- It has been reported that two thirds of prostitutes suffer from PTSD, according to research conducted by Melissa Farley and others. The trauma appears intrinsic, as this is true even when violence is not a factor. If this is because people go into prostitution untraumatized and get traumatized, or if traumatized people seek out prostitution still appears to vary from case to case. However, it should be noted that the aforementioned study has been criticised; according to Canadian Superior Court Judge Susan Himel, Farley "failed to qualify her opinion regarding the causal relationship between post-traumatic stress disorder and prostitution, namely, that it could be caused by events unrelated to prostitution", and stated that her "advocacy [appeared] to have permeated her opinions" (Farley has been described as an "anti-pornography and anti-sex work" activist).
- According to research published by the London School of Economics and Political Science, countries where prostitution is legal have higher human trafficking inflows. However, "the study reported an increase in all human trafficking, which includes forms of labor far beyond sex. It is entirely possible that the higher rates of human trafficking were in industries that had nothing to do with sex — the researchers, by their own admission, had no way to find out if that was the case." Furthermore, "[i]n their introduction, researchers state that the data "does not reflect actual trafficking flows" and that it's "difficult, perhaps impossible, to find hard evidence establishing" a relationship between legal prostitution and human trafficking — disclaimers that suggest the study's findings are essentially meaningless." Eric Neumayer, one of the study's authors, stated that "[d]ue to the clandestine nature of both trafficking and prostitution markets, our analysis had to rely on the best available existing data on reported human trafficking inflows. That legalised prostitution increases human trafficking inflows is likely, but cannot be proven with available evidence."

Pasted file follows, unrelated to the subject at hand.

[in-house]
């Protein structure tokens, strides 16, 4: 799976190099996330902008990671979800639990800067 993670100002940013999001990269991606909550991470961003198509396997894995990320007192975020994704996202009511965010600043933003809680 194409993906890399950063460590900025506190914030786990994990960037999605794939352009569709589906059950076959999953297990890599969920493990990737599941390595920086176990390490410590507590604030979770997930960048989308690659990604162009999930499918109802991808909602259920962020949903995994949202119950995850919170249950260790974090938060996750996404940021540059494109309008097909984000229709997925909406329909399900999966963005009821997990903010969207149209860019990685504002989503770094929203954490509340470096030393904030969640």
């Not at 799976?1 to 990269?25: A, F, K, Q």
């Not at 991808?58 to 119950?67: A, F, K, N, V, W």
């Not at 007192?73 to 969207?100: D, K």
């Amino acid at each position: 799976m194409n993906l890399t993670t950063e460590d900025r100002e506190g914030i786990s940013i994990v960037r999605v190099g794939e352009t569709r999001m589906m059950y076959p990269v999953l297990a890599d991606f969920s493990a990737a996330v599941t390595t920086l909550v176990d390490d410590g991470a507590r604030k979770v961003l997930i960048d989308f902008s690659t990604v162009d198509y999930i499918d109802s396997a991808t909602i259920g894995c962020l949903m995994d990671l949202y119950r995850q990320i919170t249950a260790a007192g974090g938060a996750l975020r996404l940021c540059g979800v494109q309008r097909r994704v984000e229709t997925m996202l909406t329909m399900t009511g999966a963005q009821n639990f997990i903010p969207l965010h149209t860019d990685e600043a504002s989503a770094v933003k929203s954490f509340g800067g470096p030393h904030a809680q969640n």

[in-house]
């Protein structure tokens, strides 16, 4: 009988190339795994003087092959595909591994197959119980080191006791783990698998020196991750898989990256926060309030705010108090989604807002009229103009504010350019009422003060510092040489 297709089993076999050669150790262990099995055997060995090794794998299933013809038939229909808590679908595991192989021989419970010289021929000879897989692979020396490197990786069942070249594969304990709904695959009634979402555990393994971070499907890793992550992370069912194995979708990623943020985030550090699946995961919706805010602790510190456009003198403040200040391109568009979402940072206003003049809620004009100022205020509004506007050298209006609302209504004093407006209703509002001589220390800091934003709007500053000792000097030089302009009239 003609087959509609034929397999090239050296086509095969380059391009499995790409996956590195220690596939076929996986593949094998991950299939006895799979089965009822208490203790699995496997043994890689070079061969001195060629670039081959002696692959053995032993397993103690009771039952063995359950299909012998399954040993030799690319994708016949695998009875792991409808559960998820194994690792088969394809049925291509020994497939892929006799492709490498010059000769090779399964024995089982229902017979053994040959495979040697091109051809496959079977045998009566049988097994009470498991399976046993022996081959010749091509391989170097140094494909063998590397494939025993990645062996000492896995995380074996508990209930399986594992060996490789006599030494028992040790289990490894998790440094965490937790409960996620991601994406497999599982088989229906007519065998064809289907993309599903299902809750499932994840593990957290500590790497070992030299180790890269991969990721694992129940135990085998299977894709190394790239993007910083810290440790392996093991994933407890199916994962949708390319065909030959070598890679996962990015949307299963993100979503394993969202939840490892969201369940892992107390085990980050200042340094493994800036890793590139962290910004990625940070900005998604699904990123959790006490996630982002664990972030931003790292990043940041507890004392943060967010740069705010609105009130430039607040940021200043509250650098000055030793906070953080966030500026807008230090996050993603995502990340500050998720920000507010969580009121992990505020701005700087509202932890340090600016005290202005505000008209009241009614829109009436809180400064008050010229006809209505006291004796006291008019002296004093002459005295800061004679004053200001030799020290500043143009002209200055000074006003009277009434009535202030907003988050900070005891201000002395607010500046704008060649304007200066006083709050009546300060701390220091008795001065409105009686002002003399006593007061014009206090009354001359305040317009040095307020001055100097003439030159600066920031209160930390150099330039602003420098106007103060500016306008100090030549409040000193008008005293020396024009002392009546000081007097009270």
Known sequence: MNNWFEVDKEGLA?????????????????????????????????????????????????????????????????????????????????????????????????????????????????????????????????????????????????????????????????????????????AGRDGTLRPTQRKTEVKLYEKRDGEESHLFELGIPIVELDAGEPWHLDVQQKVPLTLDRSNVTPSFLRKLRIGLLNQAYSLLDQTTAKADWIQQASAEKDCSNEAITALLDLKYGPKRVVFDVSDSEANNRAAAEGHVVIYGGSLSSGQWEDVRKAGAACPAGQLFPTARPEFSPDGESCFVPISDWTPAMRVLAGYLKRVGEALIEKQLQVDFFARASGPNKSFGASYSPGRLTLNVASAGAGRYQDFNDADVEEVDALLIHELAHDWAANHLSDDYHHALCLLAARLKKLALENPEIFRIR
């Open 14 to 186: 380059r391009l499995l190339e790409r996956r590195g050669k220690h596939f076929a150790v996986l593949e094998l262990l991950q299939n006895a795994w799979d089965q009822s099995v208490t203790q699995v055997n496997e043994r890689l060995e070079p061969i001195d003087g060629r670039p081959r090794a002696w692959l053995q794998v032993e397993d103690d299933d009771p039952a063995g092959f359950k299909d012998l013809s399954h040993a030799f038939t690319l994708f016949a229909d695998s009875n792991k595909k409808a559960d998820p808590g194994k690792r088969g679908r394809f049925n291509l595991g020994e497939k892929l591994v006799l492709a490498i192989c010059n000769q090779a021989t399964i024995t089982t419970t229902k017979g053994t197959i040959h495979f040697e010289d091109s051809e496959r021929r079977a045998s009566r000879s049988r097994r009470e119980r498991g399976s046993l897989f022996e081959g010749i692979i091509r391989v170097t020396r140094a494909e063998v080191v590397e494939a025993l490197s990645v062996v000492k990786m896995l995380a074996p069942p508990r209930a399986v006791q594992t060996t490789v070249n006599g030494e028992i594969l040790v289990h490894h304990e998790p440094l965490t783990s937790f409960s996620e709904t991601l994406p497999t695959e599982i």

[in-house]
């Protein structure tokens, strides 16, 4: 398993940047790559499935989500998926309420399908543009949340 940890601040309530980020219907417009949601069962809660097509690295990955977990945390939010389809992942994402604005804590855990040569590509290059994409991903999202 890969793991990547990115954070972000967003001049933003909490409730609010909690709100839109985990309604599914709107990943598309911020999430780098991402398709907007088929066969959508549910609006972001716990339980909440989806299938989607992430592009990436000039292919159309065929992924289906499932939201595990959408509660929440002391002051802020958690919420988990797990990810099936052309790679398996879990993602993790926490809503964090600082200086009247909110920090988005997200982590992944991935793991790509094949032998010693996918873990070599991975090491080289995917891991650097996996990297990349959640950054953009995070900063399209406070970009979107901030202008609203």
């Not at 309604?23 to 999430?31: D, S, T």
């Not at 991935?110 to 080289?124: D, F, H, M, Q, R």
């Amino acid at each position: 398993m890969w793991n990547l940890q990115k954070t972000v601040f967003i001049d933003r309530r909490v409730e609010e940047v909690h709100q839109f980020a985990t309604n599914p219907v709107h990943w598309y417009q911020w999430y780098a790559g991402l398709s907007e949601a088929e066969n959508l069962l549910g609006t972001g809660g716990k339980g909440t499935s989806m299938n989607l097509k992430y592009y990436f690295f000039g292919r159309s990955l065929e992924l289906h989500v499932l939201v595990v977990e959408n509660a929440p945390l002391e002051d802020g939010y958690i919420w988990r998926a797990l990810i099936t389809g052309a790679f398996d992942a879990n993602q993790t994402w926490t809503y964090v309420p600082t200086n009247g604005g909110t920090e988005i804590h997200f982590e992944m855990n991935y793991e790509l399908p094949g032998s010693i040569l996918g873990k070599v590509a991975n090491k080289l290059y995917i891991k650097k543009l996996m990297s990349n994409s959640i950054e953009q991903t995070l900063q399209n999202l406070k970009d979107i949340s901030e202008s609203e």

Anti-prostitution legislation is often criticized for disregarding any proposals actually made by sex workers for how their jobs could be made safer - somehow, moralists argue that the same things that make other professions safe, such as regulation, police oversight, ID systems, well lit dedicated buildings, unions and media coverage won't do the sex workers any good just in the specific unique case of this thing that's really a little dirty and should't be going on anyway, right? This complaint was summed up by the viral PSA spread across YouTube entitled "Nothing About Us Without Us."